Finding failure's fair market value.


There is nothing scarier than failure, and for financial executives failure can often be fatal. A chief financial officer that fails to close the company books on time not only jeopardizes his or her own job, but the jobs of everyone in the organization if regulators and markets eventually turn against the company. A treasurer that fails to manage a company's cash balance correctly can put a firm into a dangerous liquidity squeeze, placing the organization's future in the hands of banks and lenders.


But anyone--even with the most minimal experience--eventually realizes that sometimes failure comes knocking on your door no matter what precautions you take. It's how you react to the situation that really counts. Can you learn from it and then adapt so your chances of long-term success improve? Can you own that failure responsibly so that it doesn't prevent you from embracing and taking the smart risks? Is there a way to get value out of failure?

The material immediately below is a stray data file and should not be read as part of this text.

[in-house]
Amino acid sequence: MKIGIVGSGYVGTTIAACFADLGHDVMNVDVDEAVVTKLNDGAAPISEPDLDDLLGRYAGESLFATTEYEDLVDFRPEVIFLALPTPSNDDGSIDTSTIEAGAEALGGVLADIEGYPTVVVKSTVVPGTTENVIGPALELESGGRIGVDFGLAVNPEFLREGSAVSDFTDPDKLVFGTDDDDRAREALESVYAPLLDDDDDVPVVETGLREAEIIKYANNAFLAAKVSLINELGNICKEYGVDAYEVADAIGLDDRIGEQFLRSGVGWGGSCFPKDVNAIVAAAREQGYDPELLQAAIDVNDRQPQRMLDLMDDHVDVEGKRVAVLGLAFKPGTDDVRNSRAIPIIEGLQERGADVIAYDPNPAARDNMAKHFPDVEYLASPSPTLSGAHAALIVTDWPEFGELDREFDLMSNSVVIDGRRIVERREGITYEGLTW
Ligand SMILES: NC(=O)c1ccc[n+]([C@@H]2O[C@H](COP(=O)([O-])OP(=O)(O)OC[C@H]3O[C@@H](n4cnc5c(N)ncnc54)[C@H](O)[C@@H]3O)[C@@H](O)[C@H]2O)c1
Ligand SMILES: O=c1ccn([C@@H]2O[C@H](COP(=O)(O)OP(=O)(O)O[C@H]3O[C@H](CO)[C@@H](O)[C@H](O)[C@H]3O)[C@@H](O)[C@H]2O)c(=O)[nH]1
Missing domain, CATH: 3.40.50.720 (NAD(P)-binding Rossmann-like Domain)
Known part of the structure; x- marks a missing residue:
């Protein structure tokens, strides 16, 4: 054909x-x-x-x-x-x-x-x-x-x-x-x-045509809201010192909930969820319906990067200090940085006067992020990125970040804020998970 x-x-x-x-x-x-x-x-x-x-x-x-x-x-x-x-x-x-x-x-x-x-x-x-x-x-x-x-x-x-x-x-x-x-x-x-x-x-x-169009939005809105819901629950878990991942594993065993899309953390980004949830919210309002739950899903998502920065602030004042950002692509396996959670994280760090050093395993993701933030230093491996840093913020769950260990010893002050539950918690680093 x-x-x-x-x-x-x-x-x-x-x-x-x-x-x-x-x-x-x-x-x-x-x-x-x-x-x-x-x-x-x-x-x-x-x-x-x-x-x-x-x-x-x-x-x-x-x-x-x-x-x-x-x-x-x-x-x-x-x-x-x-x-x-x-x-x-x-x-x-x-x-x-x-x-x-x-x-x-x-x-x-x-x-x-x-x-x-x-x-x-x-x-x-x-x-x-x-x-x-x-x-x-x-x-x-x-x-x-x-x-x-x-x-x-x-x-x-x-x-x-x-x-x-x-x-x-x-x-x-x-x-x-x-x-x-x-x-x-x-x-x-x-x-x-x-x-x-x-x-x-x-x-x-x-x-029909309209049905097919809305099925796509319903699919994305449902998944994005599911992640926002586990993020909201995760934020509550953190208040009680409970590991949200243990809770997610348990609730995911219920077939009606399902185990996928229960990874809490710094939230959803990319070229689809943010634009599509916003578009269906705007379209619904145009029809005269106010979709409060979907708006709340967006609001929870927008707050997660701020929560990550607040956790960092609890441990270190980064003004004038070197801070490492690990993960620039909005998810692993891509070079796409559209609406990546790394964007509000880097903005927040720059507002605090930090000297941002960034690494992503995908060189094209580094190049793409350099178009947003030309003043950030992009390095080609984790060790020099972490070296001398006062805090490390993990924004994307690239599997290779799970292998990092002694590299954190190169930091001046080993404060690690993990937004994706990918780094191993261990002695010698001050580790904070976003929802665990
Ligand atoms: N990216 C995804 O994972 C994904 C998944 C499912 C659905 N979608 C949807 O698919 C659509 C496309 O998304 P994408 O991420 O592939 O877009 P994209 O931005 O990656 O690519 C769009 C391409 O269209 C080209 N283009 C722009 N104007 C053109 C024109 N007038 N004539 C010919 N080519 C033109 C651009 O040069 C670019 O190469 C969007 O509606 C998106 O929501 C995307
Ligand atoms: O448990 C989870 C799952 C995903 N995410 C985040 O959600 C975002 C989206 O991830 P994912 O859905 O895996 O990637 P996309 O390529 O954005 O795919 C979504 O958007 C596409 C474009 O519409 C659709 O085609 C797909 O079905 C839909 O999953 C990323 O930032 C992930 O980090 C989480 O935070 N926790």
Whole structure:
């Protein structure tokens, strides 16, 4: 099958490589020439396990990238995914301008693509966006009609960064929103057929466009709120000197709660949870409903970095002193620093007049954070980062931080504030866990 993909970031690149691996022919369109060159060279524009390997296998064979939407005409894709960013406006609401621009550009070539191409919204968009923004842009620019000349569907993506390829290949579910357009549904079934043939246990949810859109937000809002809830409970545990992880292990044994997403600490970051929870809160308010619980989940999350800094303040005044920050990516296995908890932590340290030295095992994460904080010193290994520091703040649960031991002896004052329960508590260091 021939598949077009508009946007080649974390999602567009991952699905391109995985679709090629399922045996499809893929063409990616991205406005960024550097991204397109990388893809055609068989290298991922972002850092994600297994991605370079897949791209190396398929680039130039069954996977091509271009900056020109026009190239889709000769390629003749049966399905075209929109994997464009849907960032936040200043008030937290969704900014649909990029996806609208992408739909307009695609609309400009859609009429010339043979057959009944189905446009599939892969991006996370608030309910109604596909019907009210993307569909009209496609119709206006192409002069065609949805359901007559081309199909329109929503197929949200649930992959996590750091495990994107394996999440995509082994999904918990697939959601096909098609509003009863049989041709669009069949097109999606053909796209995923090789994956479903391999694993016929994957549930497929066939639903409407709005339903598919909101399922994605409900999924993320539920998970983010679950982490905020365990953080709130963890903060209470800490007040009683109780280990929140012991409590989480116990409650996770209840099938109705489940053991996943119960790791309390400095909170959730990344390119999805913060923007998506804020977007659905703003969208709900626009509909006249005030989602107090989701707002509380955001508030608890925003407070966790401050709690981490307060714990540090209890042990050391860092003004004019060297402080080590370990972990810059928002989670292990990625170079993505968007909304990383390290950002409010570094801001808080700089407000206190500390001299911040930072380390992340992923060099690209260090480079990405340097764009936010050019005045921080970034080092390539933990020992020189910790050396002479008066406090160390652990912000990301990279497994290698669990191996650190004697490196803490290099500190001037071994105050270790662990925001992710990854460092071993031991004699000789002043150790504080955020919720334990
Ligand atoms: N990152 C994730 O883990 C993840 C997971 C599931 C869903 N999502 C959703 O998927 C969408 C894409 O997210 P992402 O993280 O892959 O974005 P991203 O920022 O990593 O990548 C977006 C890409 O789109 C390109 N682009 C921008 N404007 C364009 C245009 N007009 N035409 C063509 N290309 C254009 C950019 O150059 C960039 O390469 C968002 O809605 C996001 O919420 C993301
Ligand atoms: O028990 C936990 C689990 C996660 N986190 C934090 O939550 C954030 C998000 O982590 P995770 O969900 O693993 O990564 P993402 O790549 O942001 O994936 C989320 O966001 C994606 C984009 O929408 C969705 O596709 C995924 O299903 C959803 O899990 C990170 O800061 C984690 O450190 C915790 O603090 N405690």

In many ways this month's cover story regarding the Battle of Gettysburg and the leadership lessons is all about failure. The Union Army had gone through a series of epic failures prior to that meeting in Pennsylvania in 1863; however leaders used those past misadventures to inform their decisions without being frozen from action. The article's author, Ed Ruggero, explains in detail how financial executives can and should use that historic battlefield to create his or her own leadership roadmap.

The merger and acquisition market is generally fraught with failures, and in a feature by long-time contributor Paul Sweeney we learn that investment bankers and...

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